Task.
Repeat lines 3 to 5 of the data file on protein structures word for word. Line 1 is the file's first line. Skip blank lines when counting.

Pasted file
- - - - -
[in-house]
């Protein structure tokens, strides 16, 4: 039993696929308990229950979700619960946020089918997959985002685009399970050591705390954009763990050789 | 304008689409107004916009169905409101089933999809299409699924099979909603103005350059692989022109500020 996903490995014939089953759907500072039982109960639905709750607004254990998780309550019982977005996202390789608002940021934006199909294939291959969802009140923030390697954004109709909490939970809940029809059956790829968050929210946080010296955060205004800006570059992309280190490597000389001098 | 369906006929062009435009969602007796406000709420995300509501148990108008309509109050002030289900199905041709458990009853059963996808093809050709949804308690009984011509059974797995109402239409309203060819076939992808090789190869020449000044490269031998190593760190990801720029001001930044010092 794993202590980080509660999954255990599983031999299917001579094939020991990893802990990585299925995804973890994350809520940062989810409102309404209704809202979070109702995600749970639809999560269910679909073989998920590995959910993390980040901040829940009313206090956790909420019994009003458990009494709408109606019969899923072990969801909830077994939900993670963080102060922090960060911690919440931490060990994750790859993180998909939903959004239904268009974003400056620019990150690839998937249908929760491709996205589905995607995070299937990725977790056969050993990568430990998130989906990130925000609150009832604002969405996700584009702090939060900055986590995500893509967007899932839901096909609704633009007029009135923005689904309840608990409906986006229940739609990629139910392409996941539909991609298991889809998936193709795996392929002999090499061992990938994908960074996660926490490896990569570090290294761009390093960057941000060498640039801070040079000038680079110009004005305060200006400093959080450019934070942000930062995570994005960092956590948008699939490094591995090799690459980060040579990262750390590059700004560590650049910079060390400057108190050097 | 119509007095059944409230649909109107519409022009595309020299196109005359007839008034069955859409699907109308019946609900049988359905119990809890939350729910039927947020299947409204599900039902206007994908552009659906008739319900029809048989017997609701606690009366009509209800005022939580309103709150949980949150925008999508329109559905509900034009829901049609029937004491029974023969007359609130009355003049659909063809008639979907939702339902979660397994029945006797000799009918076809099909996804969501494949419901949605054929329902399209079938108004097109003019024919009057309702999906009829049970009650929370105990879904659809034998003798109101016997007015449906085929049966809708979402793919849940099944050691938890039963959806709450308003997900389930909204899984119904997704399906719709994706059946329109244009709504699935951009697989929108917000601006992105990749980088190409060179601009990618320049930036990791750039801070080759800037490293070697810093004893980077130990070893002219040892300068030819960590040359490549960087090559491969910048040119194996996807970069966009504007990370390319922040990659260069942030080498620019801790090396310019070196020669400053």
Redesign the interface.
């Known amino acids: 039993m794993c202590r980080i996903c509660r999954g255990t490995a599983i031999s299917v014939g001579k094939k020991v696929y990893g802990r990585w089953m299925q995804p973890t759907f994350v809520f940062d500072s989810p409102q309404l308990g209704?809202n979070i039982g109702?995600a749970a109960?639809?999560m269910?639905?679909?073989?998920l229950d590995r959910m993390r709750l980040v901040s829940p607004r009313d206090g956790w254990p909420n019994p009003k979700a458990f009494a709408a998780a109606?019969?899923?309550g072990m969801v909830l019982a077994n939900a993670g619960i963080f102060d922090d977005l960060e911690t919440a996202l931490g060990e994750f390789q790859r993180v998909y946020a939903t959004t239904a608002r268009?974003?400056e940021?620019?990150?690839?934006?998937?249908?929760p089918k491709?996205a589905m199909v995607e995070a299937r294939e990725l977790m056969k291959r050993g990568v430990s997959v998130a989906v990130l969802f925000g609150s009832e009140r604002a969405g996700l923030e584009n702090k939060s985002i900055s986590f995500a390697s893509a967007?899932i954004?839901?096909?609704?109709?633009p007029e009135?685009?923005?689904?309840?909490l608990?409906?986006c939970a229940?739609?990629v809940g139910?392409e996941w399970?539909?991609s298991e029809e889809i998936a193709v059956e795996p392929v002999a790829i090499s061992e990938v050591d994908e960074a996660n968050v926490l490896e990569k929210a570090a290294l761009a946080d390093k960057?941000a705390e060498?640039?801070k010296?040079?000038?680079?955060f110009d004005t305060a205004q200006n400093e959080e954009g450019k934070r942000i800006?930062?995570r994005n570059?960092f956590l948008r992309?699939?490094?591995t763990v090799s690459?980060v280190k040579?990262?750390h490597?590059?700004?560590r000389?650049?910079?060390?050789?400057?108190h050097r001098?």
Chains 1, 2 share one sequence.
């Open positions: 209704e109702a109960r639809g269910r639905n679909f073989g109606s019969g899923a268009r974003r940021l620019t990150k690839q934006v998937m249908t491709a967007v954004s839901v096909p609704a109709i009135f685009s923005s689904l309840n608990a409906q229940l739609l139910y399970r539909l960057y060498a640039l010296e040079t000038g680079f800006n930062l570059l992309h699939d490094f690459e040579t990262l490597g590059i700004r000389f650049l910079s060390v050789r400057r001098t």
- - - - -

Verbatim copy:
Redesign the interface.
């Known amino acids: 039993m794993c202590r980080i996903c509660r999954g255990t490995a599983i031999s299917v014939g001579k094939k020991v696929y990893g802990r990585w089953m299925q995804p973890t759907f994350v809520f940062d500072s989810p409102q309404l308990g209704?809202n979070i039982g109702?995600a749970a109960?639809?999560m269910?639905?679909?073989?998920l229950d590995r959910m993390r709750l980040v901040s829940p607004r009313d206090g956790w254990p909420n019994p009003k979700a458990f009494a709408a998780a109606?019969?899923?309550g072990m969801v909830l019982a077994n939900a993670g619960i963080f102060d922090d977005l960060e911690t919440a996202l931490g060990e994750f390789q790859r993180v998909y946020a939903t959004t239904a608002r268009?974003?400056e940021?620019?990150?690839?934006?998937?249908?929760p089918k491709?996205a589905m199909v995607e995070a299937r294939e990725l977790m056969k291959r050993g990568v430990s997959v998130a989906v990130l969802f925000g609150s009832e009140r604002a969405g996700l923030e584009n702090k939060s985002i900055s986590f995500a390697s893509a967007?899932i954004?839901?096909?609704?109709?633009p007029e009135?685009?923005?689904?309840?909490l608990?409906?986006c939970a229940?739609?990629v809940g139910?392409e996941w399970?539909?991609s298991e029809e889809i998936a193709v059956e795996p392929v002999a790829i090499s061992e990938v050591d994908e960074a996660n968050v926490l490896e990569k929210a570090a290294l761009a946080d390093k960057?941000a705390e060498?640039?801070k010296?040079?000038?680079?955060f110009d004005t305060a205004q200006n400093e959080e954009g450019k934070r942000i800006?930062?995570r994005n570059?960092f956590l948008r992309?699939?490094?591995t763990v090799s690459?980060v280190k040579?990262?750390h490597?590059?700004?560590r000389?650049?910079?060390?050789?400057?108190h050097r001098?």
Chains 1, 2 share one sequence.